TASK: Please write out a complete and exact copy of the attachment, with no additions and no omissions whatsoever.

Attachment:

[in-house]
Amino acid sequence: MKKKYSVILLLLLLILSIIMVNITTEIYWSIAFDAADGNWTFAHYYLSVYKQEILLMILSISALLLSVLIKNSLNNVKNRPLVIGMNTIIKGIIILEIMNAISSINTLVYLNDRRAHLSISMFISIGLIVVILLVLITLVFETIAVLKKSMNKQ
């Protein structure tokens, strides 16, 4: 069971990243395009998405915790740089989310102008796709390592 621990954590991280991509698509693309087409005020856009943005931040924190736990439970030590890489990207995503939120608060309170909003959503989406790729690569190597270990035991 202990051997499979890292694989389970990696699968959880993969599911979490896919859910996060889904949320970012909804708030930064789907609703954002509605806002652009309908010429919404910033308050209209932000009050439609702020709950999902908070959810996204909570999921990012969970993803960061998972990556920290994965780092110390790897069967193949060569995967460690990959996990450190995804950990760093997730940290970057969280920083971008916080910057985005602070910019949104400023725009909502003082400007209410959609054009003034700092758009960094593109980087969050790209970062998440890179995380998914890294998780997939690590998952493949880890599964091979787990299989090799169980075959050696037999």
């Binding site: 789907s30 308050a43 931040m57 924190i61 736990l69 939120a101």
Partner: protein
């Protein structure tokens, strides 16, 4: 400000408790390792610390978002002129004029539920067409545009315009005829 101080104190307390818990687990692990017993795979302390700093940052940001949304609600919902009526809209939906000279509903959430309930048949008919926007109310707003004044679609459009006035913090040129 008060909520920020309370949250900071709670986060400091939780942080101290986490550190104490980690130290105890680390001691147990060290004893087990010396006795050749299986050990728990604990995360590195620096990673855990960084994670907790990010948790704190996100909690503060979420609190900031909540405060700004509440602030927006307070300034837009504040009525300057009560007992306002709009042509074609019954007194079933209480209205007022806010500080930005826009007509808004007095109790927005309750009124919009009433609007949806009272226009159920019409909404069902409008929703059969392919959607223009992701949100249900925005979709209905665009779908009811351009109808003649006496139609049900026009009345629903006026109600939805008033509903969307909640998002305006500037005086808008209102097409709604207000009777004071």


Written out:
[in-house]
Amino acid sequence: MKKKYSVILLLLLLILSIIMVNITTEIYWSIAFDAADGNWTFAHYYLSVYKQEILLMILSISALLLSVLIKNSLNNVKNRPLVIGMNTIIKGIIILEIMNAISSINTLVYLNDRRAHLSISMFISIGLIVVILLVLITLVFETIAVLKKSMNKQ
């Protein structure tokens, strides 16, 4: 069971990243395009998405915790740089989310102008796709390592 621990954590991280991509698509693309087409005020856009943005931040924190736990439970030590890489990207995503939120608060309170909003959503989406790729690569190597270990035991 202990051997499979890292694989389970990696699968959880993969599911979490896919859910996060889904949320970012909804708030930064789907609703954002509605806002652009309908010429919404910033308050209209932000009050439609702020709950999902908070959810996204909570999921990012969970993803960061998972990556920290994965780092110390790897069967193949060569995967460690990959996990450190995804950990760093997730940290970057969280920083971008916080910057985005602070910019949104400023725009909502003082400007209410959609054009003034700092758009960094593109980087969050790209970062998440890179995380998914890294998780997939690590998952493949880890599964091979787990299989090799169980075959050696037999």
């Binding site: 789907s30 308050a43 931040m57 924190i61 736990l69 939120a101």
Partner: protein
């Protein structure tokens, strides 16, 4: 400000408790390792610390978002002129004029539920067409545009315009005829 101080104190307390818990687990692990017993795979302390700093940052940001949304609600919902009526809209939906000279509903959430309930048949008919926007109310707003004044679609459009006035913090040129 008060909520920020309370949250900071709670986060400091939780942080101290986490550190104490980690130290105890680390001691147990060290004893087990010396006795050749299986050990728990604990995360590195620096990673855990960084994670907790990010948790704190996100909690503060979420609190900031909540405060700004509440602030927006307070300034837009504040009525300057009560007992306002709009042509074609019954007194079933209480209205007022806010500080930005826009007509808004007095109790927005309750009124919009009433609007949806009272226009159920019409909404069902409008929703059969392919959607223009992701949100249900925005979709209905665009779908009811351009109808003649006496139609049900026009009345629903006026109600939805008033509903969307909640998002305006500037005086808008209102097409709604207000009777004071």